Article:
|2007/08/27 12:50||14.28V / full||
Bright but cloudy all day so far.
Battery at charge-controller regulation voltage indicates effectively 100% full
so experimenting with allowing laptop to run at full power (up to ~60W);
voltage back down to below 13.4V fairly quickly, and the DC-DC converter
very slightly warm to the touch, but everything coping. 30 minutes of normal
load and the battery voltage is 14.32V again.
In the end another good day (over 7 hours off-gird):
So far on 2007/08/27 (UTC):
Off-grid samples per hour (a bigger number means more time off-grid):
|2007/09/01 16:61||13.18V / full||Slightly to heavily overcast today. Laptop/server load for over 7h today, but off for about 20m before this sample. Battery/study temperature ~23°C.|
|2007/09/04 10:00||13.18V / full||Alternately sunny and cloudy/overcast today. Direct sunlight is about to hit the smaller 20W panel (now tilted at ~45°) in the current test arrangement. Laptop has only been off-grid for <10mins so far, but expecting it to be off-grid as soon as the small panel is fully lit as the battery is pretty-well full already and the laptop needs <20W. (However, there is a bit of shading and the sun is significantly oblique to the due-south-facing panel at this time, so at 10:15 the laptop is still not quite off-grid even with the small panel lit, but it's just about to go... 10:17 off-grid. B^> ) Eventually got more than 8 hours off-grid: a record so far on this system! Battery/study temperature ~19°C.|
|2007/09/06 14:40||13.56V / full||Slightly overcast with sunny gaps today. New 'full power' (excess dumping) sensor kicking in at around 13.56V, though generally only in small bursts of a few seconds giving isolated 'on' samples because the battery isn't full and the sky isn't clear. When it does come on the laptop cranks up to use the extra energy, eg setting the 'ondemand' maximum CPU clock to full speed, and doing some speculative work on my AI project. Battery/study temperature ~24°C.|
|2007/09/10 19:13||12.54V / full||
Sunny and windy today.
Over 7hrs off-grid for the laptop today with
'full power' (excess dumping, shown as ':') for an hour on-and-off.
(Yesterday was very poor, only just over 3 hours off-grid.)
Also connected up my new tiny (~1W) test wind turbine, mainly to be able to monitor how much wind power is available, but also for a tiny top-up charge to the battery. Since the turbine AC output voltage is only ~5V, I had to build a small Cockroft-Walton voltage multiplier to get to over 12V. Battery/study temperature ~23°C.
|2007/09/11 19:32||12.60V / full||Bright sunny day; laptop off-grid for >8h, with ~2h 'dumping'/'full-power'. Voltage reading a few minutes after laptop went back on-grid. Battery/study temperature ~23°C.|
|2007/09/17 09:08||12.99V / full||(Recorded just under 1 hour of usable wind power yesterday.) Grey overcast day. Battery/study temperature ~20°C.|
|2007/09/28 22:24||12.72V / full||Dark overcast day, with zero off-grid time. A little less than 1 hour of usable wind power was recorded. Battery/study temperature ~19°C.|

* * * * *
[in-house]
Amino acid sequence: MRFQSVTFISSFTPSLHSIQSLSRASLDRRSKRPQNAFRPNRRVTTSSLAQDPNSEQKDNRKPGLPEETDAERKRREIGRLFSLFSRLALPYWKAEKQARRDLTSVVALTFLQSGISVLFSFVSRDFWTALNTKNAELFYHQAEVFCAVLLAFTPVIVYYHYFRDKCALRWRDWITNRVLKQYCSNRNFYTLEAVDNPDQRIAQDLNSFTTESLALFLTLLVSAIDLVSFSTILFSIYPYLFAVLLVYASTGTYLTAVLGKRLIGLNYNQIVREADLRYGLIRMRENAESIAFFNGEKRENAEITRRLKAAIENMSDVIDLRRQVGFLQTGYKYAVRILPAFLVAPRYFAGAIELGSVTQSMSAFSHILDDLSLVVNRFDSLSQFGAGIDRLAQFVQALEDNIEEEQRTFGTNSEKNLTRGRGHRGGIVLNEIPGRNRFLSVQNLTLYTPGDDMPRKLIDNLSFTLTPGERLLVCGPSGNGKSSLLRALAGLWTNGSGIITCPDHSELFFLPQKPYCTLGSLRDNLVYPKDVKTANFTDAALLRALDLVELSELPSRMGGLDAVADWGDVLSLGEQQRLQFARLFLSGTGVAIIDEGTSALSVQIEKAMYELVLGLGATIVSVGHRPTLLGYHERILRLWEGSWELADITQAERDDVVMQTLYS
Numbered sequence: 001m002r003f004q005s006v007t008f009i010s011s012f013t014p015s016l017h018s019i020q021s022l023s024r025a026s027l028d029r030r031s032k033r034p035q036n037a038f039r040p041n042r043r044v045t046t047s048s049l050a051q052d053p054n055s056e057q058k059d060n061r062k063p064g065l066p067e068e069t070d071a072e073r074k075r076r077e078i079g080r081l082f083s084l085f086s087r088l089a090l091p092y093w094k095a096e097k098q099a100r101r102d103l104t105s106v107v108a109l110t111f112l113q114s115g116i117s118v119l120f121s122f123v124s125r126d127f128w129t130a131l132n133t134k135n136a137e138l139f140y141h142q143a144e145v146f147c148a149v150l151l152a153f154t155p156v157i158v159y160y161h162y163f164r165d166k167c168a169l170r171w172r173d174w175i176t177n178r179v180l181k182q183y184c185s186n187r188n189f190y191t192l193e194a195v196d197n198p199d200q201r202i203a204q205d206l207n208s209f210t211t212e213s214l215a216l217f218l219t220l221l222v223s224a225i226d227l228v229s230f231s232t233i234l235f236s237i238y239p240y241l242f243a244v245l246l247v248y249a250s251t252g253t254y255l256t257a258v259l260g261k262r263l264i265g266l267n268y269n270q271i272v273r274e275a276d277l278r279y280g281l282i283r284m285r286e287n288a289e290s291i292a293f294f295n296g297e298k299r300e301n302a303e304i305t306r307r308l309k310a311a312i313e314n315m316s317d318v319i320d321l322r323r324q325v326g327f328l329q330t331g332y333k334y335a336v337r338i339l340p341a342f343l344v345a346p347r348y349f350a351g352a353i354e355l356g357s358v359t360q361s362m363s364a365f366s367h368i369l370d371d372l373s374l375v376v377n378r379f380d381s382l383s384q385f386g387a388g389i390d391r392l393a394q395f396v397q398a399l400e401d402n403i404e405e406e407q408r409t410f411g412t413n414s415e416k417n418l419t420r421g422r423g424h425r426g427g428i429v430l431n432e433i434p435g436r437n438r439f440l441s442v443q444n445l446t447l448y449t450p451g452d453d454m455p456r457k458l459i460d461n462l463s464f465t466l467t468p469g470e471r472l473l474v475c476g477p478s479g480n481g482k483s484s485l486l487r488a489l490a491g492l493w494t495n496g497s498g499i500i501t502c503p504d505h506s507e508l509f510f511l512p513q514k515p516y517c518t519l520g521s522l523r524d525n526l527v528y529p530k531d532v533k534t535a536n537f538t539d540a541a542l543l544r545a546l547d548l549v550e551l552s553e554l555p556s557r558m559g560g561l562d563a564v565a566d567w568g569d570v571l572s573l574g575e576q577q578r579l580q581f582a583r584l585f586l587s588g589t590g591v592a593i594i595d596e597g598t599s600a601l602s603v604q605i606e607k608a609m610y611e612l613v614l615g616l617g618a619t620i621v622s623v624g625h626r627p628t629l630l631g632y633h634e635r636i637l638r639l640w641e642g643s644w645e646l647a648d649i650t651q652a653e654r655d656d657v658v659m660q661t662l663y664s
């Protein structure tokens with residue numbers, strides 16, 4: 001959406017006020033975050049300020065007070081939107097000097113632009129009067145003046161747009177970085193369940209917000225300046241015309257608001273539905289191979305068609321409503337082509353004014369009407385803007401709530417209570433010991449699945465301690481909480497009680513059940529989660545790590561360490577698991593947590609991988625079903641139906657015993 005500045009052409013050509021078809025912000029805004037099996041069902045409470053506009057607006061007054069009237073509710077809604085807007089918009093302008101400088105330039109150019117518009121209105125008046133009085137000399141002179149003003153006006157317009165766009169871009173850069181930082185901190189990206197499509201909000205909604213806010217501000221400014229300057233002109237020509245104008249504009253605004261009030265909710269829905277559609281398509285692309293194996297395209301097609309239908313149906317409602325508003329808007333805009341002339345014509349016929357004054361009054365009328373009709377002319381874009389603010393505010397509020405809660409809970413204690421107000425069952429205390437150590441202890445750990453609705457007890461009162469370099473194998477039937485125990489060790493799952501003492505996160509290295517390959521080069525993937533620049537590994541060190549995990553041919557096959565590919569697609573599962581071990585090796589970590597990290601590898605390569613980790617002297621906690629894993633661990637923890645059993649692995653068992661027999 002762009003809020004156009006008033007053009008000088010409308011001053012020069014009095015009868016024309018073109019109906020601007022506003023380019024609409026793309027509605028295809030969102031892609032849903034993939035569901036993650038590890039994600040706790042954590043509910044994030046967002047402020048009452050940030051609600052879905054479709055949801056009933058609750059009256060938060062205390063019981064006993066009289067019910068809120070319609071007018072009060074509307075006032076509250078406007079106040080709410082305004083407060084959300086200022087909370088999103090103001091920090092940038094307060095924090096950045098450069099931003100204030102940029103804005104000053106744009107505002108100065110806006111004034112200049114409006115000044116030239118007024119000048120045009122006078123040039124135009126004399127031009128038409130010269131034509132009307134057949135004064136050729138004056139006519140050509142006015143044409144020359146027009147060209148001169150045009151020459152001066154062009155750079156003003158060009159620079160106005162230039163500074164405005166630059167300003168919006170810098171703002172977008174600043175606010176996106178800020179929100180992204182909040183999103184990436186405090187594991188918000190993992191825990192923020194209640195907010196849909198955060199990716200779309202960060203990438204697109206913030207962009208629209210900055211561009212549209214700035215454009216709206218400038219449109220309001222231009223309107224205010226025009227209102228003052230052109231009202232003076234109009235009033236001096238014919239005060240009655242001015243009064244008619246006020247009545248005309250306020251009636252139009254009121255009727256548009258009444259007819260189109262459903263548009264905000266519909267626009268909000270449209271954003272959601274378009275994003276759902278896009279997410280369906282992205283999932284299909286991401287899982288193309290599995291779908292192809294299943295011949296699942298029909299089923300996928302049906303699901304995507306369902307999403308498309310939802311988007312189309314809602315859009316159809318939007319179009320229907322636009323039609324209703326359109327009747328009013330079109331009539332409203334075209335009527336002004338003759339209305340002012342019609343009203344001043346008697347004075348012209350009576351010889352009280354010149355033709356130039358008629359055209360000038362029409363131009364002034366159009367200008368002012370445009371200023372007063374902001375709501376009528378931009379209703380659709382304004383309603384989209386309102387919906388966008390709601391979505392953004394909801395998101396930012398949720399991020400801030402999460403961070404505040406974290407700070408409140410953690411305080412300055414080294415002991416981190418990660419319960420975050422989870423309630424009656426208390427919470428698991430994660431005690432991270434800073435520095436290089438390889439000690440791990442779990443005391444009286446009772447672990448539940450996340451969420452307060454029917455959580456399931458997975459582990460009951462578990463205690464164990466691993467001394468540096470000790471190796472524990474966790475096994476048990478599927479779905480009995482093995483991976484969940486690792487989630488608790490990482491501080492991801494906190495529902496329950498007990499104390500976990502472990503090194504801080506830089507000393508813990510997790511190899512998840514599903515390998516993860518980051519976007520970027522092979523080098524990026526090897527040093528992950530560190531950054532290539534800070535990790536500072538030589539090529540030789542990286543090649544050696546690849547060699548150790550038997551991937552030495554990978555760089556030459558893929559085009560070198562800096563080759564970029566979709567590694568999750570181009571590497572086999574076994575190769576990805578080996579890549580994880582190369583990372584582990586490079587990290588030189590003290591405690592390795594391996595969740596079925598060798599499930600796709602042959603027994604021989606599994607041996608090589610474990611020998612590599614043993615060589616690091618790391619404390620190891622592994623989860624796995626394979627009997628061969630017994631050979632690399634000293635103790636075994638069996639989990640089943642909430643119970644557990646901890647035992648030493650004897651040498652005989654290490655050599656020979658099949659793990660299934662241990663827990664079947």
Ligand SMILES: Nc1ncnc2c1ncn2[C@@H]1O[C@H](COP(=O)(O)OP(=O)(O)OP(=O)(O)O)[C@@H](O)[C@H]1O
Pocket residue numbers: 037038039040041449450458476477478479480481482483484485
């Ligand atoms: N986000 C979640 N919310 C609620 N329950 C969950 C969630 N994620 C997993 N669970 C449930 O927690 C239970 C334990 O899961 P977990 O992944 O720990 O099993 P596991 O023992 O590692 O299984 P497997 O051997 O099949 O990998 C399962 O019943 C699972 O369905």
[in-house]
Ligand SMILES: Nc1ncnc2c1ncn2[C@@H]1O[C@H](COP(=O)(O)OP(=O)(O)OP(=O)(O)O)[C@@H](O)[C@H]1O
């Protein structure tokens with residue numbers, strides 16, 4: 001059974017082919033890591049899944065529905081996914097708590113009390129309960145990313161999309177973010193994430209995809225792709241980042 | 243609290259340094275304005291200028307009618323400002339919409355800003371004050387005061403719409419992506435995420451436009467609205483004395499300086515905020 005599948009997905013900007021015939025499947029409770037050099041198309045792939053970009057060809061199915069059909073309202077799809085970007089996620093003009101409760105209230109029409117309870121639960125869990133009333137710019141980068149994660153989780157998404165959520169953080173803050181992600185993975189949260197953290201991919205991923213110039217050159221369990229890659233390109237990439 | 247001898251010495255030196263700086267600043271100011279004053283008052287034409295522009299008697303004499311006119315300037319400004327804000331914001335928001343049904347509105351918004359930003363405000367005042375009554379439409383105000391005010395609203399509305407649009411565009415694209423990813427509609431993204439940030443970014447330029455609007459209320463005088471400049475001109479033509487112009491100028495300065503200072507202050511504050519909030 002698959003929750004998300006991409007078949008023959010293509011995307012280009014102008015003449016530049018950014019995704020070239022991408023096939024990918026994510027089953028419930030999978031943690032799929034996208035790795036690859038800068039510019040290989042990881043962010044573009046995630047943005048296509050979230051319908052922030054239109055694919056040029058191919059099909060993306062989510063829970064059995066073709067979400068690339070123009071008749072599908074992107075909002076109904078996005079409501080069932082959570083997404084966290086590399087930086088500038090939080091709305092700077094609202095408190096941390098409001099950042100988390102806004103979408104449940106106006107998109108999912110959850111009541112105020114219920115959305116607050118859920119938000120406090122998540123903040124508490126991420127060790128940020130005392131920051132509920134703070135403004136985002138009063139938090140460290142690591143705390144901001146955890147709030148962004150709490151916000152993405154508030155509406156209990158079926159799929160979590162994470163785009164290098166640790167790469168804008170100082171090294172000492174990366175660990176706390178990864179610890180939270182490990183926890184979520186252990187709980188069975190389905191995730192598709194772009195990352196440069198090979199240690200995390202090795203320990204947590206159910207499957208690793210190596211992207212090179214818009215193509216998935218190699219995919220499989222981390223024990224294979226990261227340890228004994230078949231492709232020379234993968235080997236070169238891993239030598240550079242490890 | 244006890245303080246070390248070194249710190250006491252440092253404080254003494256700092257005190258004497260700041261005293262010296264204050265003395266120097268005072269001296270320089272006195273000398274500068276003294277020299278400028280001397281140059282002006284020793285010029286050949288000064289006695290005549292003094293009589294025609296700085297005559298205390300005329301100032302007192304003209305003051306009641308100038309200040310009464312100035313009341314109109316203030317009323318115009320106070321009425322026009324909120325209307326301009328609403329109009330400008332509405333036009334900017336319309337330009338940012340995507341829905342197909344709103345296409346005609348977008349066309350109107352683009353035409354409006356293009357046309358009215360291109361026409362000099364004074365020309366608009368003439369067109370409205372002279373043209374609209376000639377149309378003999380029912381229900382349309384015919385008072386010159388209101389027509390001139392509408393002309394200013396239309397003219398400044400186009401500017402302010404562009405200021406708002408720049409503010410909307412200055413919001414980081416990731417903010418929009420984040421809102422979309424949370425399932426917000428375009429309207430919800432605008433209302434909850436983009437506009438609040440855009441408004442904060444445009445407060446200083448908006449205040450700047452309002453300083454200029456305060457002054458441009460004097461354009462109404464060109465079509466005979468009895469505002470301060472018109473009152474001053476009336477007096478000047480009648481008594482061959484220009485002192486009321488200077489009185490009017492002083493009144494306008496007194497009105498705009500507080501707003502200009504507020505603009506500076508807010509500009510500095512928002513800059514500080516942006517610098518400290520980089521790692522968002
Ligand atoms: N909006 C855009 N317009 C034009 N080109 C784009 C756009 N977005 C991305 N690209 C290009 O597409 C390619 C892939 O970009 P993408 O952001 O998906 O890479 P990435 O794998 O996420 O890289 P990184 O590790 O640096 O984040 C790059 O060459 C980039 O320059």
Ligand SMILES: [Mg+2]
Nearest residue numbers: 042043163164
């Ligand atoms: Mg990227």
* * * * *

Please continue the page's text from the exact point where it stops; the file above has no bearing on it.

|2007/10/26 22:34||12.75V / full||No off-grid time for the laptop for a couple of days, due to cloudy skies, but battery evidently being kept topped up anyway. Battery/study temperature ~15°C.|
|2007/11/14 10:27||13.17V / full||Sun not quite on panels yet. Maybe an hour or two (~2Wh?) of wind power so far. (Cut-in, ie the laptop going off-grid, at 10:38, with the 20W panel in full sun, and the battery voltage pulled down to 13.05V, and no oscillation. By 11:02, both panels in full sun and battery voltage up to 13.69V.) Battery/study temperature ~15°C.|
|2007/12/21 21:41||12.60V / full||Managed >2h laptop off-grid today on probably the shortest day of the year! Battery/study temperature ~19°C.|
|2008/01/30 19:15||12.67V / full||Managed >5h laptop off-grid today! Battery/study temperature ~18°C.|
|2008/06/04 20:15||12.98V / full||Managed nearly 11h laptop off-grid today in spite of partially cloudy day. The off-grid PV rating is now ~120Wp, with a mixture of PV technologies, and in addition to 82Wp south-facing and tilted, the remainder is in near-horizontal amorphous on the east and west sides of the house to attempt to maximise summer sun capture time (and diffuse light).|
|2008/06/07 20:05||12.85V / full||
Managed over 12h laptop off-grid today on partially cloudy day.
Some rewiring to reduce impedance from the battery to the laptop adaptor
seems to have made the system more stable (less oscillation).
There were only a few samples showing 'excess' power today...
So far on 2008/06/07 (UTC):
Off-grid samples per hour (a bigger number means more time off-grid):
'.' indicates off-grid; '*' indicates off-grid and 'full-power'/'dumping'.
|2008/06/28 20:28||12.73V / full||About 13.5h off-grid today. While waiting for a replacement for the (failed/dead) server/laptop battery, the software-load-dumping mechanism has been temporarily disabled, plus there has been a little bit of a breeze today: both may have helped. It was a little cloudy and the grid-tie PV system didn't break records...|